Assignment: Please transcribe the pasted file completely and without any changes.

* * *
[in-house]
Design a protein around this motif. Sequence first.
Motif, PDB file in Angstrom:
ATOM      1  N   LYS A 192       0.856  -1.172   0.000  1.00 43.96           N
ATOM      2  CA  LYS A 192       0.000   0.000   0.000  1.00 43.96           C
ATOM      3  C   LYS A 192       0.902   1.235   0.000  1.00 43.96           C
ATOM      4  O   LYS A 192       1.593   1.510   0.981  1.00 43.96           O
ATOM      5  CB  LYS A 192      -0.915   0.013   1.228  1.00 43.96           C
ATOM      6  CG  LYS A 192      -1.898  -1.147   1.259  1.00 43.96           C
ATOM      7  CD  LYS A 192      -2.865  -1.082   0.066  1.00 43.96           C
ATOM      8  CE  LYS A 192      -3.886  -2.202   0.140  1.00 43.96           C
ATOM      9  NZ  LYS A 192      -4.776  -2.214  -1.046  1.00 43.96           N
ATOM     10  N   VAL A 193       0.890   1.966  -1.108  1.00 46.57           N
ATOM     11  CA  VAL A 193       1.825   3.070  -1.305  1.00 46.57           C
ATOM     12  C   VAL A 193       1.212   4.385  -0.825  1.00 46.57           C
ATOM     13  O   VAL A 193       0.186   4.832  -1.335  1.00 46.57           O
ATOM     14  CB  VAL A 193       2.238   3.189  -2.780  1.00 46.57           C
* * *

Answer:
[in-house]
Design a protein around this motif. Sequence first.
Motif, PDB file in Angstrom:
ATOM      1  N   LYS A 192       0.856  -1.172   0.000  1.00 43.96           N
ATOM      2  CA  LYS A 192       0.000   0.000   0.000  1.00 43.96           C
ATOM      3  C   LYS A 192       0.902   1.235   0.000  1.00 43.96           C
ATOM      4  O   LYS A 192       1.593   1.510   0.981  1.00 43.96           O
ATOM      5  CB  LYS A 192      -0.915   0.013   1.228  1.00 43.96           C
ATOM      6  CG  LYS A 192      -1.898  -1.147   1.259  1.00 43.96           C
ATOM      7  CD  LYS A 192      -2.865  -1.082   0.066  1.00 43.96           C
ATOM      8  CE  LYS A 192      -3.886  -2.202   0.140  1.00 43.96           C
ATOM      9  NZ  LYS A 192      -4.776  -2.214  -1.046  1.00 43.96           N
ATOM     10  N   VAL A 193       0.890   1.966  -1.108  1.00 46.57           N
ATOM     11  CA  VAL A 193       1.825   3.070  -1.305  1.00 46.57           C
ATOM     12  C   VAL A 193       1.212   4.385  -0.825  1.00 46.57           C
ATOM     13  O   VAL A 193       0.186   4.832  -1.335  1.00 46.57           O
ATOM     14  CB  VAL A 193       2.238   3.189  -2.780  1.00 46.57           C